In a disappointing move, Twitter has cravenly given in to the censors in Pakistan – agreeing to block certain tweets and Twitter accounts in the country that have been deemed “blasphemous” and “unethical” by the country’s telecommunications authority.
Coincidentally, yesterday I wrote a piece arguing that when corporations choose to delete or ban pieces of content on social media, because of the nature of 21st century society it transcends a mere community policy violation and becomes a free speech issue.
I didn’t expect my point to be proven quite so fast.
In the piece, I argued that because a handful of corporations (the likes of Google/Skype, Apple, Facebook and Twitter) and their platforms are so integral to our lives that not being able to post on these platforms could perhaps be considered a free speech issue. The example I was writing about was the tricky case of California gunman Elliot Rodger’s YouTube videos – I asked whether we’d be so quick to accept the decision to block the content had it instead been contentious opinions about politics or religion. It is odd, I suggested, that we’re happy to delegate these sorts of decisions about what is and isn’t acceptable to corporations.
And this is exactly what has happened in the case of Pakistan and Twitter.
It is no surprise that the Pakistani government has acted – though the constitution claims to guarantee freedom of speech, ‘blasphemy‘ against Islam is banned in the constitution. This means that living in Pakistan is going to be very difficult if you identify with another religion – or if you’re an atheist. Heck – you can’t even be a different sort of Muslim than the official sect – Ahmadi Muslims have been declared “non-Muslim” by the same constitution.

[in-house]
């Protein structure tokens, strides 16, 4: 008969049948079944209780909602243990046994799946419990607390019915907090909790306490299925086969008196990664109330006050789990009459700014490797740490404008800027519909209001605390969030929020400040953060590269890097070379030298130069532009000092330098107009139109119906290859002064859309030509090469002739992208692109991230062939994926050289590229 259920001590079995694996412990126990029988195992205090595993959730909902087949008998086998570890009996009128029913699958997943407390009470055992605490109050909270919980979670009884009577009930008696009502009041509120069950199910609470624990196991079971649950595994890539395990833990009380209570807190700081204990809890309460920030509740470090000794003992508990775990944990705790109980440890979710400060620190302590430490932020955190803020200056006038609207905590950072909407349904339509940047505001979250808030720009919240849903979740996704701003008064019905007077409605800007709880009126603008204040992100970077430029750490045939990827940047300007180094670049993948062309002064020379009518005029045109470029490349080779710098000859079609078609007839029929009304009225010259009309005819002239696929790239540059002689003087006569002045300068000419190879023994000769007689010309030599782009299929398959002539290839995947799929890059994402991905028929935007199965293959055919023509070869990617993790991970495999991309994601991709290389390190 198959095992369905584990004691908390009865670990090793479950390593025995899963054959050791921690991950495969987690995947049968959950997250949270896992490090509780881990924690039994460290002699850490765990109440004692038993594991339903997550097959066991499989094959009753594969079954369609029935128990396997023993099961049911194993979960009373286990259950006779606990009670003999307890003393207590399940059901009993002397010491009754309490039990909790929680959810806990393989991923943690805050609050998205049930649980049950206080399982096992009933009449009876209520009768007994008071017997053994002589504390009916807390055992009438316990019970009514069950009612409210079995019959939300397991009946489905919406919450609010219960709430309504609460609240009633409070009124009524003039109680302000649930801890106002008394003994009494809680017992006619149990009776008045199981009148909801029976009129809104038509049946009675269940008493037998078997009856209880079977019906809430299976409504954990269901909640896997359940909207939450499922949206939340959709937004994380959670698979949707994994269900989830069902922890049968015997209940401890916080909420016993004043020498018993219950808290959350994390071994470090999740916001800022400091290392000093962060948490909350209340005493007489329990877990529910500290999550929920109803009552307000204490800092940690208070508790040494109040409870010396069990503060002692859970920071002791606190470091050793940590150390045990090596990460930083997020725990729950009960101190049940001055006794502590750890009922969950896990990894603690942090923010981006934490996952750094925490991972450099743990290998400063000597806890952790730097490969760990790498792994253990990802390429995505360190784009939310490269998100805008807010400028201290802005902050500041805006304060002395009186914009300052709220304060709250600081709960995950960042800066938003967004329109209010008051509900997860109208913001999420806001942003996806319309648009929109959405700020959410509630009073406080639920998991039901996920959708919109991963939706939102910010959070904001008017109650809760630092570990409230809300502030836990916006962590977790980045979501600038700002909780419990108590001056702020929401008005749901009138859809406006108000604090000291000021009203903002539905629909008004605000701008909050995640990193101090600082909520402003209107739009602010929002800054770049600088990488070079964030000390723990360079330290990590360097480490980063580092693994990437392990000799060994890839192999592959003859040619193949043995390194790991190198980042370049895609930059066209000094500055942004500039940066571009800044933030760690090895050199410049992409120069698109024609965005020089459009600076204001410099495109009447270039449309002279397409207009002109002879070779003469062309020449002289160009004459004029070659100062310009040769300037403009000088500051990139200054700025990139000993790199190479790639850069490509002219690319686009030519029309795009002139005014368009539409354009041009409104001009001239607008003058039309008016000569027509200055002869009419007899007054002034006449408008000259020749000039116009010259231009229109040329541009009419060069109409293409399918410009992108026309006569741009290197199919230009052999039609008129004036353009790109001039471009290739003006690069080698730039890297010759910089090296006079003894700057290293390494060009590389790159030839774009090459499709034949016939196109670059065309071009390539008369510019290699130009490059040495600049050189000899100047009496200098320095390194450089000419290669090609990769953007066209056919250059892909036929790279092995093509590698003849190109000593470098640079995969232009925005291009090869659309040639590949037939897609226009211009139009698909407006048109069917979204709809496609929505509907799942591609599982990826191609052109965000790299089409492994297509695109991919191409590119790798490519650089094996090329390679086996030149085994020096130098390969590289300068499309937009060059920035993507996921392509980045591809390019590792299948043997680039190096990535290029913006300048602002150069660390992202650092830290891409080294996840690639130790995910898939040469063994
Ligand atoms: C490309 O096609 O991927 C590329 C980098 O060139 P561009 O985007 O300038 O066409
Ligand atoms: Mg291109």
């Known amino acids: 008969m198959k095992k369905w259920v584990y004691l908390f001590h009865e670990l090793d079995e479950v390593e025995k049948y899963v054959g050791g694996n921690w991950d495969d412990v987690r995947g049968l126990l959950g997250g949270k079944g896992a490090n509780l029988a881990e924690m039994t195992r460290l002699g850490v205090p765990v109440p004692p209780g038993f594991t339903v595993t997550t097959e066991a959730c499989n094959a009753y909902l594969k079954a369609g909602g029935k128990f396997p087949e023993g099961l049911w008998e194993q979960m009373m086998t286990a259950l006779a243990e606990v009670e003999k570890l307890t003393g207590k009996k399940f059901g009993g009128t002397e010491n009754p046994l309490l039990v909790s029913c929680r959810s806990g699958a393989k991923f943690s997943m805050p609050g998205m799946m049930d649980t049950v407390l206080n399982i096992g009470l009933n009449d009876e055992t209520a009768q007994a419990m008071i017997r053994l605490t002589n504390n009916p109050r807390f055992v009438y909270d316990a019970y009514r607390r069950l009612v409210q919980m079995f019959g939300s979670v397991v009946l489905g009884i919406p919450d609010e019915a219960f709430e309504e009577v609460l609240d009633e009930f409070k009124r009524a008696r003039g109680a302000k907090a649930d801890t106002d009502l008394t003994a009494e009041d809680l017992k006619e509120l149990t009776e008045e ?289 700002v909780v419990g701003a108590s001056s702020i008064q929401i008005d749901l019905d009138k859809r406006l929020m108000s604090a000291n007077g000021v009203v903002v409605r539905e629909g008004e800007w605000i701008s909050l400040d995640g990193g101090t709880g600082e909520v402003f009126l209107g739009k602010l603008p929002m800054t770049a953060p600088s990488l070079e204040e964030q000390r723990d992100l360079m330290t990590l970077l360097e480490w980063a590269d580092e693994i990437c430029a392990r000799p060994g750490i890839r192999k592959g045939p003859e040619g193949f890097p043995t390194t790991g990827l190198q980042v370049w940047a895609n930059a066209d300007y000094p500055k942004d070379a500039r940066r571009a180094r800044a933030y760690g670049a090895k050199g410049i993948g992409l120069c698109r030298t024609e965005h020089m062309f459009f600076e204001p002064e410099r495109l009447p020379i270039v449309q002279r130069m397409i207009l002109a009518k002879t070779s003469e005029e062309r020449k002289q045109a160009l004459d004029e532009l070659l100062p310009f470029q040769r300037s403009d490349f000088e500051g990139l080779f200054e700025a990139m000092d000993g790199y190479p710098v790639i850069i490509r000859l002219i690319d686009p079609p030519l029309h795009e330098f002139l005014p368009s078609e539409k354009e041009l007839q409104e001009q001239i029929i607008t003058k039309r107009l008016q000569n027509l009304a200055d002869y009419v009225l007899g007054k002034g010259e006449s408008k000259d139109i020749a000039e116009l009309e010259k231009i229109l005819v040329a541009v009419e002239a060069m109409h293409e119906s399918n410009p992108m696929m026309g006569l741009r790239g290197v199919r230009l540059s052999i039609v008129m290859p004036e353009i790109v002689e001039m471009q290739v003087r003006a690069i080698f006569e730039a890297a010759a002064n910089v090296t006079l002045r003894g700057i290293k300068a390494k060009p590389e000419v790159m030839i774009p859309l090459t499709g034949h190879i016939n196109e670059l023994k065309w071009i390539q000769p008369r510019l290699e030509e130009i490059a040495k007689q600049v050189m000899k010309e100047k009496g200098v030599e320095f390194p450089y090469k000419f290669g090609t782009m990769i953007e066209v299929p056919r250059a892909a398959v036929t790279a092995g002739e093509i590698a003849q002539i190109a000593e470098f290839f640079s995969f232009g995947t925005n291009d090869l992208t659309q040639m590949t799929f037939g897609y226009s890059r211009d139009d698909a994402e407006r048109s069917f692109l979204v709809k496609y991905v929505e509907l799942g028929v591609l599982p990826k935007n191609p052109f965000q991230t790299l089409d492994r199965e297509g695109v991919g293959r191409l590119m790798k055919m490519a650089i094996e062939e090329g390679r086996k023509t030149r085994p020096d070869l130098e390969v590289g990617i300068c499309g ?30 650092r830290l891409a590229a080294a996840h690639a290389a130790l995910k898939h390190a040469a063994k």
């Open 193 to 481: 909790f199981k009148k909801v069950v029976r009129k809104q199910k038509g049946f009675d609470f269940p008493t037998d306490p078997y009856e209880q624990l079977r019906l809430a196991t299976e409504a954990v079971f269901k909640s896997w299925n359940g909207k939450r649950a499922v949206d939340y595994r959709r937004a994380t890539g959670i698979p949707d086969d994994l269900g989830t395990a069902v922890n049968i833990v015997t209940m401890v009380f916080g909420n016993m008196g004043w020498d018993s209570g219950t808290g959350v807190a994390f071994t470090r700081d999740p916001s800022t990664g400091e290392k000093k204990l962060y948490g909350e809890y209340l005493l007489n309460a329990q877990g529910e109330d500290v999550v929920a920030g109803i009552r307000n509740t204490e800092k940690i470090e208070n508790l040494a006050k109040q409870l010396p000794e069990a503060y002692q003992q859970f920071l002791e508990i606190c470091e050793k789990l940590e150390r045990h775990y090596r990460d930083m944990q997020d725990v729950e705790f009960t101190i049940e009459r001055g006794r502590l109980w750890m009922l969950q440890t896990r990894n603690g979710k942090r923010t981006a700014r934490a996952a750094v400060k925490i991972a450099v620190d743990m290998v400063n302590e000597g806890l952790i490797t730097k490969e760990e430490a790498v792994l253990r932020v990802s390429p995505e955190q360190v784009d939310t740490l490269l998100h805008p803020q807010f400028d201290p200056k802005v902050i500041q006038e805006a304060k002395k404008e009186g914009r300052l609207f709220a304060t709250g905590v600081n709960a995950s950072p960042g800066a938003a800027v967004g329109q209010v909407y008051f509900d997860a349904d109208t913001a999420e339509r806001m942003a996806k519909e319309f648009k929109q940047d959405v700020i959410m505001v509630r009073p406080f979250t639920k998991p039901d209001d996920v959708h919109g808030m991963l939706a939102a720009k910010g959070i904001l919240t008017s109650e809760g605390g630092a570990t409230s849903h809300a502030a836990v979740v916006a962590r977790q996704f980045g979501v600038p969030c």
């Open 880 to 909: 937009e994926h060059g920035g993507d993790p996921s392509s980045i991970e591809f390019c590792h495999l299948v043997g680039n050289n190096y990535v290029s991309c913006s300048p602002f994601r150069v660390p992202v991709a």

In both of these cases, the decision to censor has been made by the corporations on whose platforms the alleged violations took place – and what’s frustrating is that isn’t so clear cut. Whilst you might think I’m an idiot for suggesting that taking down a murderer’s videos are a free speech issue, I’m more certain that you’d agree that a blasphemy law being enforced in the 21st century is insane.
But in both of these cases, it is the corporations (Google and Twitter respectively) who have made a judgement call, rather than people themselves. Twitter isn’t obliged to respect the blasphemy law – it merely elected to censor users in pursuit of profit.
Bob Churchill, Communications Officer for IHEU, which monitors cases like this agrees, saying that, “The idea that it is better to have censored access to social media and search, rather than none at all, is debatable. The blasphemy law in Pakistan is widely used to harass minorities, and to suppress free speech which, for example, legitimately criticises certain religious authorities or practices. Any company which gains business in a state by cooperating with laws like this is complicit.”
Without doubt, this blasphemy case is a freedom of speech issue – and once again it highlights that the corporation is the arbiter who gets to decide.
C’mon Twitter, you can do better than this.